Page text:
control of an "early
warning" process variable, PV2, as illustrated in the block diagram
below (click for a large view).
Since disruptions impact PV2 first, it provides our "early warning" that
a disturbance is heading toward our outer primary process variable, PV1. The inner secondary controller can
begin corrective action immediately. And since PV2 responds first to valve
manipulations, disturbance rejection can begin before PV1
has been visibly impacted.
A Reactor Cascade Control Architecture
The thought experiments above highlight that it is problematic to control
exit stream temperature by adjusting the cooling liquid flow rate.
An approach with potential for "tighter" control
is to adjust the temperature of the cooling jacket itself. This
provides a clear process relationship in that, if we seek a higher reactor
exit stream temperature, we know we want a higher cooling jacket
temperature. If we seek a lower reactor exit stream temperature, we want a
lower cooling jacket temperature.
Because the temperature of cooling liquid entering the jacket changes,
cooling jacket temperature by a precise
amount may mean decreasing the flow rate of cooling liquid a lot, decreasing
it a little, and
perhaps even increasing the flow rate a bit.
and easy" proxy for the cooling jacket temperature is the
temperature of cooling liquid exiting at the jacket outlet. Hence, we choose
our inner secondary process variable, PV2, as we work toward the
construction of a nested cascade
Adding a temperature sensor that measures PV2 provides us the early warning
that changes in D, the temperature of cooling liquid entering the jacket,
are about to impact the reactor exit stream temperature, PV1.
The addition of a second temperature controller (TC2) completes construction
of a jacketed
reactor control cascade as shown in the graphic below (click for a large view).
Now, our inner secondary control loop measures the temperature of cooling
liquid exiting at the jacket outlet (PV2) and sends a signal (CO2) to the
valve adjusting cooling jacket flow rate. The valve increases or
decreases the flow rate of cooling liquid if the jacket temperature needs to fall
or rise, respectively.
Our outer loop maintains reactor exit stream temperature (our process
variable of primary interest and concern) as PV1. Note in the graphic above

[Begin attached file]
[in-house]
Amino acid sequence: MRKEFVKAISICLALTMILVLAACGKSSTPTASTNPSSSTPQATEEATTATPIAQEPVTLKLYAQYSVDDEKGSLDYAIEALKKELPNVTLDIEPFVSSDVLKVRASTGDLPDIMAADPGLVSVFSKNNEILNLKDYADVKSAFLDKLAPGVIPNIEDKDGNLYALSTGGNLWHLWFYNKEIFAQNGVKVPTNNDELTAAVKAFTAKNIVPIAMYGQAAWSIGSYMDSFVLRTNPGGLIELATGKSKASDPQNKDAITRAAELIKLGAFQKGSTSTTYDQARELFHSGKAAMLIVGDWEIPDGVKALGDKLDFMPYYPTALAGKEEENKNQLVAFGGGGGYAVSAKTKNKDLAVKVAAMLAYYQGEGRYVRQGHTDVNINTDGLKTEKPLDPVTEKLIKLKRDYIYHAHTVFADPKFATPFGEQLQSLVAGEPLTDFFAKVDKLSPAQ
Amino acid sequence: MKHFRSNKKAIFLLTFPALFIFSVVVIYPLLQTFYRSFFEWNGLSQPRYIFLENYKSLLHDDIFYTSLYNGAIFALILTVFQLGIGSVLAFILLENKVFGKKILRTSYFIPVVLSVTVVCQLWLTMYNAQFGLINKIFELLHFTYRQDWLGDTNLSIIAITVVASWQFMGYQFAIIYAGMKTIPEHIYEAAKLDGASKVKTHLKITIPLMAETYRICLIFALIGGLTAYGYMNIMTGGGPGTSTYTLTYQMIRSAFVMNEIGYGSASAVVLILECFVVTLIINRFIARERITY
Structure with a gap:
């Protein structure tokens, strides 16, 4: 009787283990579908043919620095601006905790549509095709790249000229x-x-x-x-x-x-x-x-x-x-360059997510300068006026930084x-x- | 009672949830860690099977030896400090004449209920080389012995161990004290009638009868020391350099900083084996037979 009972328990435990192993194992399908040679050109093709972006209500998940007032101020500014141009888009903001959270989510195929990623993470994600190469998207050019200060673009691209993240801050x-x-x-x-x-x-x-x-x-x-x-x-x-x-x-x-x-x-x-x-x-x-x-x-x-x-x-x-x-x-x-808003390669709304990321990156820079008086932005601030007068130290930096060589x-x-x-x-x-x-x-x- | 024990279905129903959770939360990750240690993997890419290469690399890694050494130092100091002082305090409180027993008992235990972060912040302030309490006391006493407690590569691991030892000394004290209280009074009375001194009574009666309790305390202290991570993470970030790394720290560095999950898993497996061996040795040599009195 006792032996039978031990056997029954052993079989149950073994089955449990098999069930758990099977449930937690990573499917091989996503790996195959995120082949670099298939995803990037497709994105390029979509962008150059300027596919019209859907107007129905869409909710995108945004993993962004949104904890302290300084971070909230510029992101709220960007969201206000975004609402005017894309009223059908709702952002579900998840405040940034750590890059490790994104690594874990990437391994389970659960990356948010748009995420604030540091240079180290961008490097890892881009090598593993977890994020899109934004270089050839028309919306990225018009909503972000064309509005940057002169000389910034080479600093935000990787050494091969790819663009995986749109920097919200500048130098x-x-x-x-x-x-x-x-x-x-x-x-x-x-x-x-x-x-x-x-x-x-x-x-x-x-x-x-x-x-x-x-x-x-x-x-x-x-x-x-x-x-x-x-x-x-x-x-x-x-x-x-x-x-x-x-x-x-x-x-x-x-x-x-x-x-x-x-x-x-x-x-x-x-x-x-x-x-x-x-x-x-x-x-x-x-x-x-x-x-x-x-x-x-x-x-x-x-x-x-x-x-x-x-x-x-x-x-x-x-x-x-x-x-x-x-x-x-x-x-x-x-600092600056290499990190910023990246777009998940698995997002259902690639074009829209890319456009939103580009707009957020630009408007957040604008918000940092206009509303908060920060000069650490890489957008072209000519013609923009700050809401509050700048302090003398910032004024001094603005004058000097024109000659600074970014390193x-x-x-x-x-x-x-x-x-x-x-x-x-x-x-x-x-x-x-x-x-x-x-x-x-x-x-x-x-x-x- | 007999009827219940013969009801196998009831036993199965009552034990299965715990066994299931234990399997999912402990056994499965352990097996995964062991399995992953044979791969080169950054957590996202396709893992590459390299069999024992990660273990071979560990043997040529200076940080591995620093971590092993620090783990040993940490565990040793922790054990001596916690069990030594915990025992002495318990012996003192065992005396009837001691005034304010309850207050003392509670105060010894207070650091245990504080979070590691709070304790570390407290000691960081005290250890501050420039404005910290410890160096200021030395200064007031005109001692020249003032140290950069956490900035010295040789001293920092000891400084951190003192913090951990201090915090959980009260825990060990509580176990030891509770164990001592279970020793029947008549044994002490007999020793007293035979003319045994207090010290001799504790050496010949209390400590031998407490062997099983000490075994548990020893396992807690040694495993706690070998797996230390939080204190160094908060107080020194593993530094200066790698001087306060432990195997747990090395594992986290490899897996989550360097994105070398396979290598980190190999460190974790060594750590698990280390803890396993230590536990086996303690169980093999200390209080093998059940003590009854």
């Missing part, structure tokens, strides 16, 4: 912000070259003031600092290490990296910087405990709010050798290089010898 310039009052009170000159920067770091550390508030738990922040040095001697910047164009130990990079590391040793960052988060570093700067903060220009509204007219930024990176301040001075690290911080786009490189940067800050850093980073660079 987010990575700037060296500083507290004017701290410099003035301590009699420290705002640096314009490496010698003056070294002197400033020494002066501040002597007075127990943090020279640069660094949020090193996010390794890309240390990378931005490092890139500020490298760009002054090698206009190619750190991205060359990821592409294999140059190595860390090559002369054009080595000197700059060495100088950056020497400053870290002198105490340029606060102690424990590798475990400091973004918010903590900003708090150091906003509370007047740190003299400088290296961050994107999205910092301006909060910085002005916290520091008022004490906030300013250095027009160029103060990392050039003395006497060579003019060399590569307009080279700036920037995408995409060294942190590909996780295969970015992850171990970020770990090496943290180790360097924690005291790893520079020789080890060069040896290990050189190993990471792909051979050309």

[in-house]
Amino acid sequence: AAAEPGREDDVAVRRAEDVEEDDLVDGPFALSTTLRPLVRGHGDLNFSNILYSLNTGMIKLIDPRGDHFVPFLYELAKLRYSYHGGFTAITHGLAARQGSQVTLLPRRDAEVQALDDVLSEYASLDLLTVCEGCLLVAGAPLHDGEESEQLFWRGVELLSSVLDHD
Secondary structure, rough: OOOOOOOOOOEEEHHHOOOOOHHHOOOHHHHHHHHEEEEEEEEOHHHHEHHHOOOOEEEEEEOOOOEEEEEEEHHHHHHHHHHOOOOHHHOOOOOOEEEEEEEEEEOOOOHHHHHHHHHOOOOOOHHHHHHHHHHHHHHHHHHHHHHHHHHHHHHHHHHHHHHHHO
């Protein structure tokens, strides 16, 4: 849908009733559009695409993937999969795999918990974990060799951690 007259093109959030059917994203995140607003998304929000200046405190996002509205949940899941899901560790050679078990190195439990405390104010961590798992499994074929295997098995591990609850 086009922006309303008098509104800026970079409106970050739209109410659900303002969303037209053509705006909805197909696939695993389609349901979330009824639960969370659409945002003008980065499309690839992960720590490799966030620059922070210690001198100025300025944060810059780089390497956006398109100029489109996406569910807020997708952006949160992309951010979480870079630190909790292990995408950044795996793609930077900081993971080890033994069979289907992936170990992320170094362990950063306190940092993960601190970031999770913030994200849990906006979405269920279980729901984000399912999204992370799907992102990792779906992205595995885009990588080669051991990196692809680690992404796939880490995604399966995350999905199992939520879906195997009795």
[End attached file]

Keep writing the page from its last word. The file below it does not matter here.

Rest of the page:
controller output of our primary controller, CO1, becomes the set point of
our inner secondary controller, SP2.
If PV1 needs to rise, the primary
controller signals a higher set point for the jacket temperature (CO1 = SP2).
The inner secondary controller then decides if this means opening or closing the valve and
by how much.
Thus, variations in the temperature of cooling liquid entering the jacket
(D) are addressed quickly and directly by the inner secondary loop to the
benefit of PV1.
The cascade architecture variables are identified on the above graphic
and listed below:
PV2 = cooling jacket outlet temperature is our "early warning"
process variable (oC)
CO2 = controller output to valve that adjusts cooling jacket liquid flow rate
SP2 = CO1 = desired cooling jacket outlet temperature (oC)
PV1 = reactor exit stream temperature (oC)
SP1 = desired reactor exit stream temperature (oC)
= temperature of cooling liquid entering the jacket (oC)
The inner secondary PV2 (cooling jacket outlet temperature) is a proper early
warning process variable because:
▪ PV2 is measurable with a temperature sensor.
▪ The same valve used to manipulate PV1 also manipulates PV2.
▪ The same disturbance that is of concern for PV1 also disrupts PV2.
▪ PV2 responds before PV1 to the disturbance of concern and to valve
Reactor Cascade Block Diagram
The jacketed stirred reactor block diagram (click for a large view)
for this nested cascade architecture is shown below.
As expected for a nested cascade, this architecture has:
▪ two controllers (an inner secondary and outer primary
▪ two measured process variable sensors (an inner PV2 and outer PV1)
▪ only one valve (to adjust cooling liquid flow rate)
Tuning a Cascade
With a cascade architecture established, we apply our
implementation recipe for cascade control and
explore the disturbance rejection capabilities of this structure.
Return to the
Table of Contents to learn more.
Copyright © 2007 by Douglas J. Cooper. All Rights Reserved.